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Steam Train Fanatics Are Rebuilding This Mythical Speed Record-Chaser From Blueprints

The T1 was a streamlined monster that could achieve 100 mph.
Museum of Science and Industry, Chicago/Getty Images

In November of 1945, the Pennsylvania Railroad rolled out the T1: the first of its new class of high-speed steam locomotives. Penned by the same hand that gave us the Coke bottle, the T1 was built during the golden age of steam power to sustain 100 mph in passenger service. Rumor has it, though, that it could—and did—go faster, much faster, with some models claiming speeds in excess of 140 mph. That’d be a world record if anyone could prove it happened.

But no one can. The day of the first T1’s debut coincided with the delivery of the PRR’s first diesel locomotives in an omen of what was to come. By the end of the 1950s, the T1s weren’t just retired; all 52 were gone, scrapped to the last unit. Neither their status as icons of steam power’s last hurrah nor their allegedly record-breaking top speeds were enough to earn even one the mercy of preservation. Today, the T1 lives on in nothing but archived film reels and leaves the question of whether United States steam, not Britain’s 126-mph A4 Mallard, really deserves the title of world’s fastest steam locomotive.

PRR T1 prototype departing Chicago in February 1943. Library of Congress

Or maybe not. Inspired by the resurrection of the formerly extinct LNER Peppercorn Class A1 locomotive, which had all of its original units scrapped, a growing group of international railfans is pooling its money to build a new T1 from the ground up. It’s already approaching halfway done, but has a long, long way to go before the 53rd T1—5550—fires up, let alone chases any world records.

Reconstructing a T1 is the endeavor of The T1 Trust, a nonprofit that has, since 2013, been collecting the funds and expertise necessary to replace the institutional knowledge that died with the steam age. But even with its accumulated brainpower, original blueprints, and funding, progress is fated to be slow, as the T1 was as complicated a machine as it was immense.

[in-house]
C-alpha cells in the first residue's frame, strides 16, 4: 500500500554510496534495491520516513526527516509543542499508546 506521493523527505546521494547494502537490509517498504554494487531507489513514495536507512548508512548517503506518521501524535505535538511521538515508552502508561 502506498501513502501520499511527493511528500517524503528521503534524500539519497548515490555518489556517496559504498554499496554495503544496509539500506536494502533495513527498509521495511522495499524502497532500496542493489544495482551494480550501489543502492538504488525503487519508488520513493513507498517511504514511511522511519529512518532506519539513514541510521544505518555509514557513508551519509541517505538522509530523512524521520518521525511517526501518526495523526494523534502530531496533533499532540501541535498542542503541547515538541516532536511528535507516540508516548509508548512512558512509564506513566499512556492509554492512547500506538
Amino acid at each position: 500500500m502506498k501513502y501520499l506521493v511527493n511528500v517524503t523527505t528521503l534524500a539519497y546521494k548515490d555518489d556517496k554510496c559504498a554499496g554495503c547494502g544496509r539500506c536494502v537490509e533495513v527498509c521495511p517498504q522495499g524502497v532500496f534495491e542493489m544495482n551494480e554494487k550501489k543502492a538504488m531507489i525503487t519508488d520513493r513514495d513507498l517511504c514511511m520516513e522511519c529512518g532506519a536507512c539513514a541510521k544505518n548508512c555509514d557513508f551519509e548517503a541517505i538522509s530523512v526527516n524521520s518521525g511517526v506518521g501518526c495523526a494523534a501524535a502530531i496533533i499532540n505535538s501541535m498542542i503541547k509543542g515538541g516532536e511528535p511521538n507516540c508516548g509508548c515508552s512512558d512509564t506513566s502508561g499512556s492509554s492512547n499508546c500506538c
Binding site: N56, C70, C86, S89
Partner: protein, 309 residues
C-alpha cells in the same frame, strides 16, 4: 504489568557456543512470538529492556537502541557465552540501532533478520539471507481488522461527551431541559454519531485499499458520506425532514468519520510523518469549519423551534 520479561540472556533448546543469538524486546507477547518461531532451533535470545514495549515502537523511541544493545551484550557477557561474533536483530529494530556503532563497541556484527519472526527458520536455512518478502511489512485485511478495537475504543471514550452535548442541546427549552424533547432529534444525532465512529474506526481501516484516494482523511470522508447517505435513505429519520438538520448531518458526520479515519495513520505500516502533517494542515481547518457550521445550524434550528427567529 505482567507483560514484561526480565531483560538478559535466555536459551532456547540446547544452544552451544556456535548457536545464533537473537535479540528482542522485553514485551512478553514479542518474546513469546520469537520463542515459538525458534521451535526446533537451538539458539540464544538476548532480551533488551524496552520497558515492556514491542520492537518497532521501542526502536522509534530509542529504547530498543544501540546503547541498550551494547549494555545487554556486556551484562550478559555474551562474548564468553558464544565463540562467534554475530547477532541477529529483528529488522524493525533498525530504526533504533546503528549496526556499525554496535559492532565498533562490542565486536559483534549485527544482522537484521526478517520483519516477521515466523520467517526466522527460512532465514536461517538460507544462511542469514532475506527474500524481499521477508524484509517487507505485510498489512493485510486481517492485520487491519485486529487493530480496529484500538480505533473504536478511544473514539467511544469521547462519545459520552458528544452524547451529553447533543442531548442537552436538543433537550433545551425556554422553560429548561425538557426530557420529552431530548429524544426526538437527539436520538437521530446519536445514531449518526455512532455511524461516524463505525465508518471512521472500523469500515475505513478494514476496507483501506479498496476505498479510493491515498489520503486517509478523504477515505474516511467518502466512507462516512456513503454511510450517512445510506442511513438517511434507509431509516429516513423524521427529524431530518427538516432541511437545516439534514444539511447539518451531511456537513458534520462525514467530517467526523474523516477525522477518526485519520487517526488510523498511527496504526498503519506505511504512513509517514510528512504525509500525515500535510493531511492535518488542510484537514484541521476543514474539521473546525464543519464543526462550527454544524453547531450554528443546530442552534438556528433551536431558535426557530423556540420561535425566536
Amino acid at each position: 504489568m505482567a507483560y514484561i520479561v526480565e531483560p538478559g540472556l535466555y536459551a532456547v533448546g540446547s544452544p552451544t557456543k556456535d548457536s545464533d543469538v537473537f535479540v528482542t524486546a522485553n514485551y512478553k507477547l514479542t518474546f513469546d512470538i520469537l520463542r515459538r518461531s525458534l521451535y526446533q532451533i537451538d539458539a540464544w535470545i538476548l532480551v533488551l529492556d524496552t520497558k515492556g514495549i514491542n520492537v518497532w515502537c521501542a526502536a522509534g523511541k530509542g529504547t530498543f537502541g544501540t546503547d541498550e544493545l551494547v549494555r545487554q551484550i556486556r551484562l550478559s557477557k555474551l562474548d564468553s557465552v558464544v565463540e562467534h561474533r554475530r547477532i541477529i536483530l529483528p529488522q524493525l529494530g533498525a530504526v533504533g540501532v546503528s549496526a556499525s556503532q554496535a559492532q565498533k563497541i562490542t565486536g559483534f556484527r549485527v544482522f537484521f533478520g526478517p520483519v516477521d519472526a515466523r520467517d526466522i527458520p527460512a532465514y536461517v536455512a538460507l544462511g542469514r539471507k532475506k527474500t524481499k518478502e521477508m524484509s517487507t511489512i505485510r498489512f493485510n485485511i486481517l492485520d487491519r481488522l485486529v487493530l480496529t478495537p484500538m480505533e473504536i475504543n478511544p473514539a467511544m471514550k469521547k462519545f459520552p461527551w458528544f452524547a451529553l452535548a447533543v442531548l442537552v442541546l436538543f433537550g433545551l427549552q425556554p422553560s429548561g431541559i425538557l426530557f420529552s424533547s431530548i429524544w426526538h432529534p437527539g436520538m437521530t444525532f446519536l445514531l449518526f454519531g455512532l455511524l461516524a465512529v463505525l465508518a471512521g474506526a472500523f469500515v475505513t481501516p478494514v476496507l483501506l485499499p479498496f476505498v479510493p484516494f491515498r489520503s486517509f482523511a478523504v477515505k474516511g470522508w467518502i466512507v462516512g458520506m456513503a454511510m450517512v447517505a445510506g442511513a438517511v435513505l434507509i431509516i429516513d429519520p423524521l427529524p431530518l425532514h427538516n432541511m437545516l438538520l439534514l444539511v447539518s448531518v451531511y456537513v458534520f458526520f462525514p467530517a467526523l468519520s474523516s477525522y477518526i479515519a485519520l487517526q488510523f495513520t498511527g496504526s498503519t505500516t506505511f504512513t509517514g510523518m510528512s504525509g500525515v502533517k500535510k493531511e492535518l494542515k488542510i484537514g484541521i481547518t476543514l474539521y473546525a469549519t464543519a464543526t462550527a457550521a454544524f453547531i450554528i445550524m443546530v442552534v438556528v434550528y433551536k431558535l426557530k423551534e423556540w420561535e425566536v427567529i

The hulking iron horse measured in at about 122 feet long, 16 feet high, and weighed about 428 tons. Each drive wheel measured 80 inches across (that’s six-foot-eight), and there were eight in total, in a 4-4-4-4 duplex-drive arrangement. That means four unpowered leading wheels, two separately powered sets of four drive wheels, and four trailing wheels—unpowered on production models, though a prototype apparently had another pair of steam cylinders powering them, too.

Being duplex-drive, both its sets of driving wheels were affixed to the same rigid frame—they weren’t articulated in between like Union Pacific’s famous Big Boy and Challenger. They were turned by a quartet of double-acting steam cylinders with a 19.75-inch bore and 26-inch stroke—that’s a 522.1-liter four-cylinder in car parlance—under a force of 300 psi of steam pressure. The result was almost 65,000 pounds of tractive effort, or about what Amtrak’s new diesel-electric Siemens Charger produces, but around 50 percent more horsepower—up to 6,665 of them at 85 mph. Such was the T1’s power that the locomotive became infamous for spinning its wheels, though throttle-happy crews apparently deserve most of the blame.